Is Your Water at Home Safe to Drink? Here's How to Know



 

Water constitutes more than half of your body’s composition, which means that your survival depends largely on the water you drink. As such, most of us focus on the quantity of water we drink, trying to fulfill our daily needs with 8 eight-ounce glasses per day on average. Meanwhile, most of us fail to give any thought or to the quality of the water we drink. After all, how hard can drinking be? You just open the tap, pour water, and drink. As it turns out, this water that you trust unconditionally may contain many contaminants that can have several adverse effects on your health. 

 

So how can you tell whether your tap water is safe to drink? Read on to find out.

Assessing Your Tap Water

 

Generally speaking, if you live in an area in which governmental authorities monitor municipal water, then the water you’re getting should be of good quality for drinking— unless announced otherwise. 

 

However, in case you’re not sure or you haven’t paid any attention to this issue before, here are a few ways to assess the quality of your tap water.

  1. Consumer Confidence Report

Public water suppliers across the US are required by law to mail consumer confidence reports to all consumers by the first of July every year. This report includes the sources from which your household water comes and what exactly lurks in this water. You can request another copy if you’ve lost your own or log in to the online database of your supplier and download a copy.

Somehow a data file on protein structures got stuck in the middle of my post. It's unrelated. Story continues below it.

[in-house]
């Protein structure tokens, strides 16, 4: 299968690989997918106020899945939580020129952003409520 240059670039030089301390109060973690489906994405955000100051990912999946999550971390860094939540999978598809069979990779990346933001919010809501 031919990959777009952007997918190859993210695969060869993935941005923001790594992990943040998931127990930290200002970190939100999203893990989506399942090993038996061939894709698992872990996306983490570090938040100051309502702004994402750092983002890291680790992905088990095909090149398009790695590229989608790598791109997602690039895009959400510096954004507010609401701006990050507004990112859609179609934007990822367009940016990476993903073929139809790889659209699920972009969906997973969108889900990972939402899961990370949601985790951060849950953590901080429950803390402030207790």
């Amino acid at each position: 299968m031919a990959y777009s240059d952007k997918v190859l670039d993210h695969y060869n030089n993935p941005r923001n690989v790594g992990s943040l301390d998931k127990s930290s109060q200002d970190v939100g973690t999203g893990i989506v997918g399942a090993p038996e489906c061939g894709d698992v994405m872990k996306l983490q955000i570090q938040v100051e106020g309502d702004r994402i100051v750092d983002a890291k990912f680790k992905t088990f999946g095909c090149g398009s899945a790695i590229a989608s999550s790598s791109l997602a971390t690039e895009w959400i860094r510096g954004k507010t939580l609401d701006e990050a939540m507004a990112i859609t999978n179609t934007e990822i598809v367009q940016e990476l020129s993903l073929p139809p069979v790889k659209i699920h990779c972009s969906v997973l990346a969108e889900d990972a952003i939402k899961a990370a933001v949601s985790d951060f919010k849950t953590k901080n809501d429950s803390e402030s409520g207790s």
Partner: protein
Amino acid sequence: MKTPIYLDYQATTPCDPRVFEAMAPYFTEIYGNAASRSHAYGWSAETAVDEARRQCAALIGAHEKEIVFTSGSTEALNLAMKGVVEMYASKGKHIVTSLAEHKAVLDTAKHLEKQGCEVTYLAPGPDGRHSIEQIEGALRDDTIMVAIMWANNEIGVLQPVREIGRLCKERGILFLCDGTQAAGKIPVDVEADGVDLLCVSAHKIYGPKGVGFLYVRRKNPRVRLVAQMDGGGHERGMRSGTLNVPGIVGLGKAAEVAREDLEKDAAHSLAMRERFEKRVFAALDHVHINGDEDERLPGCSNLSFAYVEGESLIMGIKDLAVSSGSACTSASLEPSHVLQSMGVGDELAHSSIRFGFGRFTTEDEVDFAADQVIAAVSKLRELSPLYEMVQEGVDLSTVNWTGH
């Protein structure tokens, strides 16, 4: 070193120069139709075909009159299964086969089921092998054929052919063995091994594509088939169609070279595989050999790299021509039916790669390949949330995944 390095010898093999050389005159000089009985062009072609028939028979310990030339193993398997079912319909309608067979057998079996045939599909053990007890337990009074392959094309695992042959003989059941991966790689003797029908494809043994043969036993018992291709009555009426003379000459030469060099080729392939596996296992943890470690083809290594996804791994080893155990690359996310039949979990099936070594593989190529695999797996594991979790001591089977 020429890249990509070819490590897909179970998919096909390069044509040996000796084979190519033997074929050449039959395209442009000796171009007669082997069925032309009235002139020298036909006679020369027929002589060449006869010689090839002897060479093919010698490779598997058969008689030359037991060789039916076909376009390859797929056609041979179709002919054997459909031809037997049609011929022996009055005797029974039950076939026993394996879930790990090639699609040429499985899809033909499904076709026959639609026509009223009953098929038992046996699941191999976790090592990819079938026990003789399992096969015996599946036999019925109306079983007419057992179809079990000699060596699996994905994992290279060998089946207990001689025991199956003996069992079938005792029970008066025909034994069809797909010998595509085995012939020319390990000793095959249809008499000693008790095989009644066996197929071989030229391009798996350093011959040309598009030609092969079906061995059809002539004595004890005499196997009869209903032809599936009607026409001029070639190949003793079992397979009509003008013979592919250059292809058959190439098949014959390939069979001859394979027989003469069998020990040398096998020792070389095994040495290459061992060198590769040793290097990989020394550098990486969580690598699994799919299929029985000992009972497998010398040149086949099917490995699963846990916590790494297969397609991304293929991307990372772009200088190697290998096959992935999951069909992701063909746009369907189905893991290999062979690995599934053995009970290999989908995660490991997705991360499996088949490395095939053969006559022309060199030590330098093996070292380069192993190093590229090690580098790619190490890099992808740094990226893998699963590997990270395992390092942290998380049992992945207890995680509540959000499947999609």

1. Check with Your Water Company

On the other hand, your water may be provided by private water suppliers in which case, you can directly contact your private supplier and ask them about your water quality. Similar to public water suppliers, you should be able to get access to a report that includes the water sources and contaminants.

  1. Search EPA’s Database

If you’re unable to identify or reach your water supplier, you can search the EPA’s online database for the information you’re looking for. This option will require some digging, but you should be able to narrow down the suppliers in your area and search through an alphabetical list until you find your supplier.

  1. Test Your Tap Water 

In case you’re living in an area where access to water quality reports is unavailable for any reason, you can carry out your own water testing. In this case, you can contact a water testing company and inquire about what lurks in your tap water. 

Water Filtration Options

While you can rest assured knowing that your water is carefully monitored and regulated, sometimes contaminants will still find their way into the main water supply. The chances of contamination become even greater when you’re living in rural areas, the water system that supplies your house is old, or if your water comes from wells. In these cases, and after identifying your water contaminants through testing, finding a suitable water filter can be your best option for getting clean and healthy water.